Look at what the U.S. and NATO have been using Afghanistan for today, besides the objective of establishing an oil pipeline. HEROIN trafficking! It was reported over the past several days that Russia has called for ending the major poppy cultivation in order to end the major heroin production that has increased tremendously due to the present war and NATO and the U.S. not wanting for the drug production and trafficking to stop. The CIA needs that production. Major tax-exempt and untraceable profits from the international trafficking of heroin, cocaine, and even marijuana is used by the CIA to fund its many and constant covert and black ops that the CIA doesn't want the U.S. Congress to have any knowledge about, because if that happened, then the Congress would have oversight authority. When the CIA obtains funds through Congressional authorisation or approval, then the CIA can be held to account, for it has to inform the Congress what the money's to be used for. But with the major profits from the black market business, the CIA can keep the Congress totally ignorant of what the money's used for; the Congress wouldn't officially know that the CIA even has and uses these illegal sources for funding its operations.

With the present war we clearly know that the U.S. and NATO don't care at all about Afghans' rights, women, child, or adult male.

The U.S. and NATO put the country's drug and war lords into the puppet gov't offices.

The Taliban, working with the UN, had eradicated 90% or more of Afghan poppy cultivation, so the heroin production and trafficking skyrocketed downward. That's not the profitable way to go, as the CIA sees things, and the CIA ops side of the agency, which I learned over the past several days accounts for around nine-tenths of the whole agency, has a lot of powerful influence over U.S. foreign policies.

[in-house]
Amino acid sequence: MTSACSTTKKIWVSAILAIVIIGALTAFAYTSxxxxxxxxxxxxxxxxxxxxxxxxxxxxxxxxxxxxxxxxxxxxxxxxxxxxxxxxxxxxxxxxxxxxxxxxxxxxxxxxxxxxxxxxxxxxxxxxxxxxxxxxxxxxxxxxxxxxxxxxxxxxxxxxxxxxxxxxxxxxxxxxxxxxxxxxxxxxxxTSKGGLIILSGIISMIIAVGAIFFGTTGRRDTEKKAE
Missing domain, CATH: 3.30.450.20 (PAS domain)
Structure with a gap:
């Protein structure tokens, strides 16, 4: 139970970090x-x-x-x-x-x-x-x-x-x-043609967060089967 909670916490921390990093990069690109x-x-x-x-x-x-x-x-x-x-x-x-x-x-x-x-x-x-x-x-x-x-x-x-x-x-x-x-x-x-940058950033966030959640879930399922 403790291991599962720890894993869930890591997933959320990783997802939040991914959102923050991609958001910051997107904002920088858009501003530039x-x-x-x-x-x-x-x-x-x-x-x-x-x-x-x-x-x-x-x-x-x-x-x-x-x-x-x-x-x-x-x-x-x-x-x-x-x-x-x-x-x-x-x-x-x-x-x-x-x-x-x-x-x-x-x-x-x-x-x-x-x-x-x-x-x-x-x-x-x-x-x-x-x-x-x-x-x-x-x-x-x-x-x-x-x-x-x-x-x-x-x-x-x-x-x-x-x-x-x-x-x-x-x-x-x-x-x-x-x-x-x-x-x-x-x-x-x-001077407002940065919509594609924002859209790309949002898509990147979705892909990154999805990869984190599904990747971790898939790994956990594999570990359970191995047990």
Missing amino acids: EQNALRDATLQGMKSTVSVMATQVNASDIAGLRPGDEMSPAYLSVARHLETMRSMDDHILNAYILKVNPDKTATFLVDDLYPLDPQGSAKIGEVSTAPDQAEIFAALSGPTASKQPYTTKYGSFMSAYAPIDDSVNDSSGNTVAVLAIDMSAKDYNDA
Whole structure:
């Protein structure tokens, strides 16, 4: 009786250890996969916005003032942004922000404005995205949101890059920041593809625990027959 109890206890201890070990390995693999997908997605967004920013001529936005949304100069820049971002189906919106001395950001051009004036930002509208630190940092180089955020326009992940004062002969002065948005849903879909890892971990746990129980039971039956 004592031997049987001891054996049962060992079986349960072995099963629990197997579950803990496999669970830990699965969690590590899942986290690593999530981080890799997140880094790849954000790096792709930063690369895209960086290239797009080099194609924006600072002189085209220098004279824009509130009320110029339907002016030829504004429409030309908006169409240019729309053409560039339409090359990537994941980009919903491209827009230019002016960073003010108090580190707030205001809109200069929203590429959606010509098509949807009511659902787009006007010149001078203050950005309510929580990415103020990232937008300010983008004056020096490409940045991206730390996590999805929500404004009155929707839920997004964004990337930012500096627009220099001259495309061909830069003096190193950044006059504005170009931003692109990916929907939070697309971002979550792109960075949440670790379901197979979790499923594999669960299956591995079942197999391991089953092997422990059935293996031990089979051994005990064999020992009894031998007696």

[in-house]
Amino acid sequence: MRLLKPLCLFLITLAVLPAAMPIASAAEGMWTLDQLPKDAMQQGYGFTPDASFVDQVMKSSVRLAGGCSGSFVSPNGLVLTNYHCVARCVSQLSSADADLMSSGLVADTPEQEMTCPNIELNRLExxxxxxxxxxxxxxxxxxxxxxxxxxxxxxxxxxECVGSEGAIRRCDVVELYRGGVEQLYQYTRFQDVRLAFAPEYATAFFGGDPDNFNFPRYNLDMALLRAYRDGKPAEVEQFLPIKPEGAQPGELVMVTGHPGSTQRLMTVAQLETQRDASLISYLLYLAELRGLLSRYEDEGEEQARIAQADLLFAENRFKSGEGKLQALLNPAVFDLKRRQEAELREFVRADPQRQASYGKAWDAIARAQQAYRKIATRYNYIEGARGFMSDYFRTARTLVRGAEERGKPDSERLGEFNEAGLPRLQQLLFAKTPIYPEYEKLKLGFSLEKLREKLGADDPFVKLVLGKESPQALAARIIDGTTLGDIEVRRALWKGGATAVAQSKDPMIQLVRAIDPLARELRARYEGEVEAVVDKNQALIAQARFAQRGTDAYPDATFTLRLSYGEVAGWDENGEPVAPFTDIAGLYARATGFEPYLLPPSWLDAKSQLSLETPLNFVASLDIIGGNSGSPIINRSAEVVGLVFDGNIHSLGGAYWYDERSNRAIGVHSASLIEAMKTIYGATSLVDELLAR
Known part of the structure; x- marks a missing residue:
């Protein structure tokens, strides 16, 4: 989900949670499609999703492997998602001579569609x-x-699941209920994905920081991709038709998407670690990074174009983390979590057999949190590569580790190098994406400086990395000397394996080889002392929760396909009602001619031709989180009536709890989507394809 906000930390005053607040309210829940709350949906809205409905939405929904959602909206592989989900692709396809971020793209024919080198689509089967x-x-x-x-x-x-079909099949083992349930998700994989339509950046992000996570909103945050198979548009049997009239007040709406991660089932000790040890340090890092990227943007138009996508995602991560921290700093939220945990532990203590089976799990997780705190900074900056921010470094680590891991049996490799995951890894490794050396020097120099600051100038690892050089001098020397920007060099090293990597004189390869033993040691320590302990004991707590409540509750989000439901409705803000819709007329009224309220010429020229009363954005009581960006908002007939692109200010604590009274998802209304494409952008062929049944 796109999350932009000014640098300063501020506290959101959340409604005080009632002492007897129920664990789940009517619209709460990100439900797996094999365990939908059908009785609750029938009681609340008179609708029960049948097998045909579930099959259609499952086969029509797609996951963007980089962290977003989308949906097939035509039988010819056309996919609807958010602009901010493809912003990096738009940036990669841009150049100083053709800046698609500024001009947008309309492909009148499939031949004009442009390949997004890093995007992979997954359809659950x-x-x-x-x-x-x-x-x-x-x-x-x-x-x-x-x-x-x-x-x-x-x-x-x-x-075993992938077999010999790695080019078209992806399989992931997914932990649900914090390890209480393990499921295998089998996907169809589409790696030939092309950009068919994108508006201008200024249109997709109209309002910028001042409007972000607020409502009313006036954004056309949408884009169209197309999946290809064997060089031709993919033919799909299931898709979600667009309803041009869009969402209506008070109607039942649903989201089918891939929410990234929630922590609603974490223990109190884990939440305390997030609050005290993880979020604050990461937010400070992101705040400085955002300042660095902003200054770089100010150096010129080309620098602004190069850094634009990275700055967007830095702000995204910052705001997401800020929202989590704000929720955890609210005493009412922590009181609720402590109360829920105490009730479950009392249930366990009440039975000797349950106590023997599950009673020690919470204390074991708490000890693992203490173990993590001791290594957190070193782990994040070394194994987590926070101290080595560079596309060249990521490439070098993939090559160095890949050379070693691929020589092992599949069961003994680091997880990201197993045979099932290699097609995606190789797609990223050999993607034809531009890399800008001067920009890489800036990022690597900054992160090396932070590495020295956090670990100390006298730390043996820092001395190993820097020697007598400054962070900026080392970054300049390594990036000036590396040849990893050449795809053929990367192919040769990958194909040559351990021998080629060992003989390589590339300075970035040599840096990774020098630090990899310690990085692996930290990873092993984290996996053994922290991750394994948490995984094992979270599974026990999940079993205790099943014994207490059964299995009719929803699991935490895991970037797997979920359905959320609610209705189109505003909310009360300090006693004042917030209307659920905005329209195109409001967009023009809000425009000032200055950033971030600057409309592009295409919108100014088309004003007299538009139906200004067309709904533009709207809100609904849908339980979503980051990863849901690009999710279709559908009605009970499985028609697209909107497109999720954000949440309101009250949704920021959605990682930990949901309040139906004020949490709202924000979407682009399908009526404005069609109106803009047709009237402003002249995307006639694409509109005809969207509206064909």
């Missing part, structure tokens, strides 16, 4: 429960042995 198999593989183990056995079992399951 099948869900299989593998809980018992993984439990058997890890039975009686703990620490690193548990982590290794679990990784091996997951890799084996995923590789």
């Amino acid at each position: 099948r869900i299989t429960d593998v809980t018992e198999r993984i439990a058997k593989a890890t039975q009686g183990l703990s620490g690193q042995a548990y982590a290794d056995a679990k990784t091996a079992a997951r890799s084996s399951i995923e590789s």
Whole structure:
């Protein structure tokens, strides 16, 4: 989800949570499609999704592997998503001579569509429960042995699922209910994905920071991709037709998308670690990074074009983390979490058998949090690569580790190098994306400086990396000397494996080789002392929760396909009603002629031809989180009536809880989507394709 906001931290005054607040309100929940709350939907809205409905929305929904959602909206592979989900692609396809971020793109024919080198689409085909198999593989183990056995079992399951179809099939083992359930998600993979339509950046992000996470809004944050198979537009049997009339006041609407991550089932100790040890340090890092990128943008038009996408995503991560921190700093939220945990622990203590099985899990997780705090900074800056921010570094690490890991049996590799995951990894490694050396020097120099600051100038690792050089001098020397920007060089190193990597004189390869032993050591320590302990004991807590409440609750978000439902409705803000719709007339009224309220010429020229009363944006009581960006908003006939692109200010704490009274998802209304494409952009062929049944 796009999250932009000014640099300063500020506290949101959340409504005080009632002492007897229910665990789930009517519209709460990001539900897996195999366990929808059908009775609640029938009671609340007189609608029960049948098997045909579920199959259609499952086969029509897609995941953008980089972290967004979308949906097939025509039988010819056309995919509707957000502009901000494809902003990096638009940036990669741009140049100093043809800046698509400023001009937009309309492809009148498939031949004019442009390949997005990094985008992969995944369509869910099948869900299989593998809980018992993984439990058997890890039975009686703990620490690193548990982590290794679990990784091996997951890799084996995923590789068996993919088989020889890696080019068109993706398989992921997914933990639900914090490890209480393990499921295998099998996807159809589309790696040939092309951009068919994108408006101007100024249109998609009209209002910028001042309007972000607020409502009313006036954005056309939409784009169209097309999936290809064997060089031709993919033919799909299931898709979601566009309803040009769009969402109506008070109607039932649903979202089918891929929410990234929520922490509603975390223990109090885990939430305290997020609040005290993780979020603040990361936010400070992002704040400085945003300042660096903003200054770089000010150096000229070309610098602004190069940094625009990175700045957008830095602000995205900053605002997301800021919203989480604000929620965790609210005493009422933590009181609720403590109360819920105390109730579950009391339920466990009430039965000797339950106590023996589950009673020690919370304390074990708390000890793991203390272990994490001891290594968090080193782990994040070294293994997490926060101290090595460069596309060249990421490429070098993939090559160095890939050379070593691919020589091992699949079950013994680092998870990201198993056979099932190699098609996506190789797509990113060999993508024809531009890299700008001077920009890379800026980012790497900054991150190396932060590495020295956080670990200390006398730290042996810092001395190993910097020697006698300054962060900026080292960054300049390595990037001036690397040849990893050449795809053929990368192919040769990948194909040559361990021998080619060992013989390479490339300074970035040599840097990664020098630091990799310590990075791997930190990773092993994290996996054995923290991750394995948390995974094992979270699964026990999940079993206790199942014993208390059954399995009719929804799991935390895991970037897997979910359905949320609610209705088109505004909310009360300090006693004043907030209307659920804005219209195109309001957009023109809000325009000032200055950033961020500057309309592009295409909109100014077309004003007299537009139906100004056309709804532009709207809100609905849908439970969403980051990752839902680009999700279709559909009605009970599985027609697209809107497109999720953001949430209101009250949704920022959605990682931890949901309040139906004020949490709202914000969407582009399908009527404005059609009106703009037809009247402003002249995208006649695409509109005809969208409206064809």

The CIA and Pentagon or DoD are both involved in the international drug trade, I also recently learned; while having previously only known about the CIA, though while also having nevertheless suspected that the Pentagon or DoD were also involved, albeit without having thought of it as the two working together.

Anyway, I don't think Thomas Barfield's words about the war and Afghan life and experience should ever be accepted as credible or truthful without first doing plenty of reading on the same subject from what other and reputable people have written or said.

So far, everyone I have read from about the Afghan gov't during the 1970's and prior to the U.S. having seen to put an end to that gov't has said that it was a good or relatively good gov't, that it, with help from Russia, ensured peace and sanity like Afghans haven't experienced anytime since, and ensured women's rights to an extent that I think was rather very complete. If there were many extremist Afghans against that gov't, then it may very well have needed help from Russia to keep the good gov't from being overthrown by many extremist Afghans who were armed and would attack, if the gov't was left too weakly guarded.

I think he lies about Russia having killed one million Afghans.

And Boston U. doesn't seem to have a good reputation any time I read about anyone there. What I've read about it is always that its a Jesuit school and with this being said in a mocking way, because the professors and possibly some officials of the school have been like war dogs, anti-rights, etcetera.

Mike Corbeil

I greatly like the clarity, heart, passion with which she spoke. It's clear that person who speaks like she did is very honest, intelligent, and informed.

Mike Corbeil